Friday, February 17, 2012


“In reference to humans, the word תם [TM] appears in Gen 6:9 and 17:1 as a descriptor for Noah and Abraham respectively, yet again there is no reason to assume morality to be the operative issue. Interestingly, within the entire Hebrew Bible only Jacob and Job (1:8, 2:3) are described as איׁש תם [TM 'YŠ]. Yet within the Hebrew Bible, the word (תמים) [TMYM] also occurs frequently in Leviticus in reference to an unblemished animal that is worthy of being sacrificed to YHWH. The assumption, then, that this word must elicit moral uprightness is unfounded. The concern is not whether the animal is a moral exemplar but whether it is appropriate for sacrifice to YHWH. Similarly with Noah, Abraham, and Job, the pertinent qualifier seems to be less the character’s moral convictions than describing whether he is sound enough to be pleasing to YHWH. With Jacob, one must remain mindful that the narrative never explicitly censures him for the way he goes about matters. One is enjoined also to recall from chap.1 The discussion of morality in relation to these texts; the relationship historically is, if anything, tenuous. Given the evidence, this description of Jacob likely says something about his status in relationship to God. Something about Jacob makes him worthy and pleasing for YHWH.”—Jacob and the Divine Trickster, pages 69-70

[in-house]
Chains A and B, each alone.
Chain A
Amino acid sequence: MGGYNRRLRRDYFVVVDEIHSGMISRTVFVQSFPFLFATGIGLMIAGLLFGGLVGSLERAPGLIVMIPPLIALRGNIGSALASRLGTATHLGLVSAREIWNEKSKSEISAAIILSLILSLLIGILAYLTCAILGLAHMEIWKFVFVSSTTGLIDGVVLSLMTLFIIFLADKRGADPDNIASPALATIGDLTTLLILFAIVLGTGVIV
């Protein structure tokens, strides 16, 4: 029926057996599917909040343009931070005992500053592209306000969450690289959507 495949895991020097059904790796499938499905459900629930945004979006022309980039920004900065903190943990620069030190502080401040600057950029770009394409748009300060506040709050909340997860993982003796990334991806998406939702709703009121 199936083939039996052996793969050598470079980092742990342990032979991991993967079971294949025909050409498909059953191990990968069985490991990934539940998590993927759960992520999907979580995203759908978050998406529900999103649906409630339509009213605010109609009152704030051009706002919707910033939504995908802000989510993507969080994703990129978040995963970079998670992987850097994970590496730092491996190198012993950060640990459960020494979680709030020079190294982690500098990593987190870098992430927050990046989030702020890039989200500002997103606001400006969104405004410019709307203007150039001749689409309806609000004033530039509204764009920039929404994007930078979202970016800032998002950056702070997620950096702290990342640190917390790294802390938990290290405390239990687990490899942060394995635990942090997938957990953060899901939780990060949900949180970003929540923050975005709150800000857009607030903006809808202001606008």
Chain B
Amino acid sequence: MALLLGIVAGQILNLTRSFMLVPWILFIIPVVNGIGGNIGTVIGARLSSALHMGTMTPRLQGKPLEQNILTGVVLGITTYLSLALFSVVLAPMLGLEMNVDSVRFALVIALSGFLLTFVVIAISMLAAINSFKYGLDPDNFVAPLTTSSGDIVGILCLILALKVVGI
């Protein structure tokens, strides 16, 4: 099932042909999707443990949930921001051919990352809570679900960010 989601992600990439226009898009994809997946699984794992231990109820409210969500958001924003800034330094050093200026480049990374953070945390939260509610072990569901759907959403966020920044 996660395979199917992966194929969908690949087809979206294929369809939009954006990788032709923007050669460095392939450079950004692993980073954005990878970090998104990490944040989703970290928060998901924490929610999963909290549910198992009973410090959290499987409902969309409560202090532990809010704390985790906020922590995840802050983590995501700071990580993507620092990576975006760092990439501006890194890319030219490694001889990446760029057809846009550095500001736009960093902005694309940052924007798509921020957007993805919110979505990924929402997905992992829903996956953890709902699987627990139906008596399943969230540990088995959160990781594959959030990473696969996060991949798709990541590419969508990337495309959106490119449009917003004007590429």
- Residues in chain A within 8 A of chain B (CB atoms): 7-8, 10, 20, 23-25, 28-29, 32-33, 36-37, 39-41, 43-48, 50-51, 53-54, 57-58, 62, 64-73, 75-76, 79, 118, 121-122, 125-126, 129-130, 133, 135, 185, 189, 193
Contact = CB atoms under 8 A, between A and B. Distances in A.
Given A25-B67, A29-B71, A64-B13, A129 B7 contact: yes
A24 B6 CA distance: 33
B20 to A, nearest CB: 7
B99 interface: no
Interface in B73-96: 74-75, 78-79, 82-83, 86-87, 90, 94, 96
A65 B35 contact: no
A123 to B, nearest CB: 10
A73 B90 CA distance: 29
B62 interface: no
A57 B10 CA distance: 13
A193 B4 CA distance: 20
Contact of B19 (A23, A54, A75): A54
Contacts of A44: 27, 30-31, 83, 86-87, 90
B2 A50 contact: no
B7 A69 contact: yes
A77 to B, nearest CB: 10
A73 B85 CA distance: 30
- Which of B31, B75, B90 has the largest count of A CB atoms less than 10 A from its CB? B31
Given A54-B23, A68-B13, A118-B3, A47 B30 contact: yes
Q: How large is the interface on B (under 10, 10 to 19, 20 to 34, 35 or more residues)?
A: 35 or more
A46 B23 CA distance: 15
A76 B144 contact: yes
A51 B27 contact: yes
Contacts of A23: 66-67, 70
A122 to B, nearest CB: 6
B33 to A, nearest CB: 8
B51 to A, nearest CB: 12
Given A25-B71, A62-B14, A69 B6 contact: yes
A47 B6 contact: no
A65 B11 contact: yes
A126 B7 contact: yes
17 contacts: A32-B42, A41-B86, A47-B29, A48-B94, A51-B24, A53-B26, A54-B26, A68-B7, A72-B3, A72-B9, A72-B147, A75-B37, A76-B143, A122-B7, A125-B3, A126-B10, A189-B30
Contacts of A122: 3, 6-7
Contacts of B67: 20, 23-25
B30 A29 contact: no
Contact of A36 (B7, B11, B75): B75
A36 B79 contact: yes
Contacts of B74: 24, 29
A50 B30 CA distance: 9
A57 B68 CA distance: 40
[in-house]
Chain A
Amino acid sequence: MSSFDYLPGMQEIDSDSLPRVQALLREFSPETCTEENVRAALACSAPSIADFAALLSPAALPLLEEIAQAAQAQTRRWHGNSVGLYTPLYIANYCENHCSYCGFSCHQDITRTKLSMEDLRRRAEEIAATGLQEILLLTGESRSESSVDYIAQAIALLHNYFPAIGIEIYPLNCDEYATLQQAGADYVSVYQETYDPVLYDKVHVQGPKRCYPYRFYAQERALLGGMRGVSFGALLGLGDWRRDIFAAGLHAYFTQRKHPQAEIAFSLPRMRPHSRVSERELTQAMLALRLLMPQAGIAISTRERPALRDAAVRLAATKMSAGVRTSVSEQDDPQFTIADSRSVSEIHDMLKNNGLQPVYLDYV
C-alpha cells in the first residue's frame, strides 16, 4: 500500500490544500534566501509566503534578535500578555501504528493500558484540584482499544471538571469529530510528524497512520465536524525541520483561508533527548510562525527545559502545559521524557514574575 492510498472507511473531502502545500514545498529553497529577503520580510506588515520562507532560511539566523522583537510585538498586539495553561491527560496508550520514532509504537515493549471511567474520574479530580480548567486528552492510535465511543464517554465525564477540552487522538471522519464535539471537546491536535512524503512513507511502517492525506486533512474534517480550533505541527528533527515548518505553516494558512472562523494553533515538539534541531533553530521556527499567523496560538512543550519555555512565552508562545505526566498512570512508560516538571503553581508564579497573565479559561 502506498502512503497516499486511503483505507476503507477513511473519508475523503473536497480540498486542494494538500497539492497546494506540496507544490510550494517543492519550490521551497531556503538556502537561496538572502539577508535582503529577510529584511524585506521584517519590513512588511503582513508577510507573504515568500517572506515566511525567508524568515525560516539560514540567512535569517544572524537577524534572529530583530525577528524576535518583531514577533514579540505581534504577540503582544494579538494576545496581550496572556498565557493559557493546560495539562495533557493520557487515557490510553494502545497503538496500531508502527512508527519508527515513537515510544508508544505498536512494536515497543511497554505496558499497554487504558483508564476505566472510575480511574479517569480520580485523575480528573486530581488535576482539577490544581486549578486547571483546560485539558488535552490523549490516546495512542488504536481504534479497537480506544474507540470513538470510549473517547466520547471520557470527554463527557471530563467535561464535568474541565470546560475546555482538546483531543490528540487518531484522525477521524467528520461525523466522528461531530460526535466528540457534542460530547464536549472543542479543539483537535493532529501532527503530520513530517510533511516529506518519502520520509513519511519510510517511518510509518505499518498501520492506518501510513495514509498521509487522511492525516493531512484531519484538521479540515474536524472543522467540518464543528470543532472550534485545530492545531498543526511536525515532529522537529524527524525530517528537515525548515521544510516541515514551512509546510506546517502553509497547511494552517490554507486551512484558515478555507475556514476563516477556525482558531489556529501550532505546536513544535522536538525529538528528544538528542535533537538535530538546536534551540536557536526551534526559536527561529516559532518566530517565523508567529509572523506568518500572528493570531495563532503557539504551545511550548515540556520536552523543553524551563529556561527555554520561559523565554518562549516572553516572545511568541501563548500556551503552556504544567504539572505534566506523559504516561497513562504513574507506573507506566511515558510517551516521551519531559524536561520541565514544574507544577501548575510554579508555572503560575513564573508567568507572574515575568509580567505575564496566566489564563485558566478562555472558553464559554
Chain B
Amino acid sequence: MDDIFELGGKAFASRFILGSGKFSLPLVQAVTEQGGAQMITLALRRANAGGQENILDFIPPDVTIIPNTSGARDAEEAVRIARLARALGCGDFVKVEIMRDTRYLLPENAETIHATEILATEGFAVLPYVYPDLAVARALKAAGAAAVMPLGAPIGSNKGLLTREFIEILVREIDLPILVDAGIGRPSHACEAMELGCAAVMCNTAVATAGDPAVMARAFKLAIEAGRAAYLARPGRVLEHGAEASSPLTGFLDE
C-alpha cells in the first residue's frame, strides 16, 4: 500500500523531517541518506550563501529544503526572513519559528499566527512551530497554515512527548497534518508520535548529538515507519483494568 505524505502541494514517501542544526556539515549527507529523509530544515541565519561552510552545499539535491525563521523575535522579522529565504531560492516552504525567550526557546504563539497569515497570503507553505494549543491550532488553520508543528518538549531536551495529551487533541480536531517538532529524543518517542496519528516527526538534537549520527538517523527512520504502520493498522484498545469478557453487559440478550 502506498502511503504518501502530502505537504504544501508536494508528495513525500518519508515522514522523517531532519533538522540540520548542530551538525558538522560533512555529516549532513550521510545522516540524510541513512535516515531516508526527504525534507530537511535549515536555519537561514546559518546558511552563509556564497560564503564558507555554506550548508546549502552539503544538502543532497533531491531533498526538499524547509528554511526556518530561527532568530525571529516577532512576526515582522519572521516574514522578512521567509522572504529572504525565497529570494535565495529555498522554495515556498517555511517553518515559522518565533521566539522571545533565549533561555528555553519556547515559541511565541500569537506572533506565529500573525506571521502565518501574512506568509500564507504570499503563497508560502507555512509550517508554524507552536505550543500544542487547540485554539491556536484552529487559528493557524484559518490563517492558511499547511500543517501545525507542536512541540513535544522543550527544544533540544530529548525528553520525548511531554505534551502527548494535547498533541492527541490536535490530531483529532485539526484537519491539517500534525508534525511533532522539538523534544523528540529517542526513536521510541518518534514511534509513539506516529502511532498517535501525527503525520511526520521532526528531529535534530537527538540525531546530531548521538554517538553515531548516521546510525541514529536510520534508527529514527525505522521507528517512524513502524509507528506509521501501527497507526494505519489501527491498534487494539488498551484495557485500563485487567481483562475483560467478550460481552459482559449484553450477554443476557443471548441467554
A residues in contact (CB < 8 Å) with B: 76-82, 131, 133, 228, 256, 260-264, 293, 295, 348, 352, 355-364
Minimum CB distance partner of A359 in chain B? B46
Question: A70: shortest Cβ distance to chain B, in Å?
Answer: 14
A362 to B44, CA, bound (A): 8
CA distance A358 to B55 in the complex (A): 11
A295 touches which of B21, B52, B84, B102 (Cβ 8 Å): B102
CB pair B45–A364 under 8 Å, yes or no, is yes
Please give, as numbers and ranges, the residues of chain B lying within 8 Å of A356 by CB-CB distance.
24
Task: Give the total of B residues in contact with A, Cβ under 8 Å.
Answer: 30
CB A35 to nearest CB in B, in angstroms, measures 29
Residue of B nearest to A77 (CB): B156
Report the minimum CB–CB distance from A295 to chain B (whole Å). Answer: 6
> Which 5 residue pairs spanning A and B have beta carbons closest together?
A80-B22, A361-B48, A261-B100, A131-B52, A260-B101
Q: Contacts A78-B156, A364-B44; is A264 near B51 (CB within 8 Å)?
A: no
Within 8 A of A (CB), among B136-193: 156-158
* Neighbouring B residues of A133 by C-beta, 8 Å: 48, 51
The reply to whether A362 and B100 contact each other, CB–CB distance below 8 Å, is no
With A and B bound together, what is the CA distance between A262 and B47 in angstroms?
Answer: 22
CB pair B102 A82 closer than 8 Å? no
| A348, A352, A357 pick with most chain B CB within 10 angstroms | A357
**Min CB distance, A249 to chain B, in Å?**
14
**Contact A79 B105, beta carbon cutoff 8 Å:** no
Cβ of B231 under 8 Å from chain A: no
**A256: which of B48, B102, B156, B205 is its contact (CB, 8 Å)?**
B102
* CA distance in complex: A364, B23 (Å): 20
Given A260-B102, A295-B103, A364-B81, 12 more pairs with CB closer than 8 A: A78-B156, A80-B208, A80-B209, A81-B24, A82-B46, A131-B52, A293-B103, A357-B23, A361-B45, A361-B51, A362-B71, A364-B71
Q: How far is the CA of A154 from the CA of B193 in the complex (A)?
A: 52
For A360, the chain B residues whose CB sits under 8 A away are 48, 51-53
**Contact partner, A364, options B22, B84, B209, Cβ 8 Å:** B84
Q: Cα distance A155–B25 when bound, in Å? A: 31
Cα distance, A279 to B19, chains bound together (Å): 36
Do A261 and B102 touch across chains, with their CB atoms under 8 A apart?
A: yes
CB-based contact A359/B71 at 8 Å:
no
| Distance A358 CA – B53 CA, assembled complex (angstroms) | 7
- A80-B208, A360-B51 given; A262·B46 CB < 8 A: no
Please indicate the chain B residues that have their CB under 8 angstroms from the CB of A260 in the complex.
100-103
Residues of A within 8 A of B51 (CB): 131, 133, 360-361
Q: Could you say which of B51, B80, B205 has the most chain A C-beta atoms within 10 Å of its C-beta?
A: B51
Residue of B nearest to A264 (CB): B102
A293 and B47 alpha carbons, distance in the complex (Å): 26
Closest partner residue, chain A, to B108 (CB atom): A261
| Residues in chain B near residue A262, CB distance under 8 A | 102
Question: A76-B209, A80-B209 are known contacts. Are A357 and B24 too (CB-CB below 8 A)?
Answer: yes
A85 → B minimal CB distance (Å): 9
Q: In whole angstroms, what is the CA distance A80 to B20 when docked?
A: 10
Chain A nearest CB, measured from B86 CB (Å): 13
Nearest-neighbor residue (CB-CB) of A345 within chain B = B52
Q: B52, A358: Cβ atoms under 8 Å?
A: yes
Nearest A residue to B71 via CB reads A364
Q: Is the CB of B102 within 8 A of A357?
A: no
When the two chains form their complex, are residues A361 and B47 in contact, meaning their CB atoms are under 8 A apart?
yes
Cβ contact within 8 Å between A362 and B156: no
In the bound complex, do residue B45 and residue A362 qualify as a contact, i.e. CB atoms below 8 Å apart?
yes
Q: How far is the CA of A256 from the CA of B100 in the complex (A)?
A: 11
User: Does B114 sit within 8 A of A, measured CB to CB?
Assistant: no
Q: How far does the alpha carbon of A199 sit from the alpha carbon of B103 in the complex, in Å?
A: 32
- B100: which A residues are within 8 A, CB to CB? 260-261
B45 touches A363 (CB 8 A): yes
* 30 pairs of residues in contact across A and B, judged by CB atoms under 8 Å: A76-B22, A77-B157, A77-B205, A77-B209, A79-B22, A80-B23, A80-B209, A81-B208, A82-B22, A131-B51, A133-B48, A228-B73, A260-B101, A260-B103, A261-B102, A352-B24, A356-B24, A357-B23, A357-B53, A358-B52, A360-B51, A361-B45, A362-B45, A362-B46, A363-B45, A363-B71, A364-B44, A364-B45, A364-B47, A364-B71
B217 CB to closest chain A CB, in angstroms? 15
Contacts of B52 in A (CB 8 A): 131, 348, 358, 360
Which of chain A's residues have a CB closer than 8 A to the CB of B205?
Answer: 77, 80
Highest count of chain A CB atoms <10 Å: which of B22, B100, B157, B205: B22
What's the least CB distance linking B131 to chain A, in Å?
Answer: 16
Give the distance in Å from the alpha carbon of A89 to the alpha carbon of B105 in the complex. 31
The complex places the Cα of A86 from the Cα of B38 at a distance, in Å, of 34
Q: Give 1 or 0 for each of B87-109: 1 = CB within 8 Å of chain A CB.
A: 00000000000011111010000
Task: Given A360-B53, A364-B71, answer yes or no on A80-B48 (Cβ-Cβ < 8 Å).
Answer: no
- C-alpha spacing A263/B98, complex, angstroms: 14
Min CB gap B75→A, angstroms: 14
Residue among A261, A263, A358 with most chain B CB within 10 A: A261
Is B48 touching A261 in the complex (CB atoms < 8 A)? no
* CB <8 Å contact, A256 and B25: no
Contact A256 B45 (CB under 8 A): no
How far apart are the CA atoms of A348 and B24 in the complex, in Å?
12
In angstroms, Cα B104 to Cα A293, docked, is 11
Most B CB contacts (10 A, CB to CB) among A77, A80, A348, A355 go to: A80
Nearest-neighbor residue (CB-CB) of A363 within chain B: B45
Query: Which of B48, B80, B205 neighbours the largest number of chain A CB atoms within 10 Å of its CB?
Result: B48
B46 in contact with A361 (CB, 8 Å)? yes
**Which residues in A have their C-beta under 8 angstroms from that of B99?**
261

<idle musing>
Interesting thought...are we importing our 21st century presuppositions into the text? Probably. What does that say about who/what is acceptable to God? Interesting to think about...
</idle musing>

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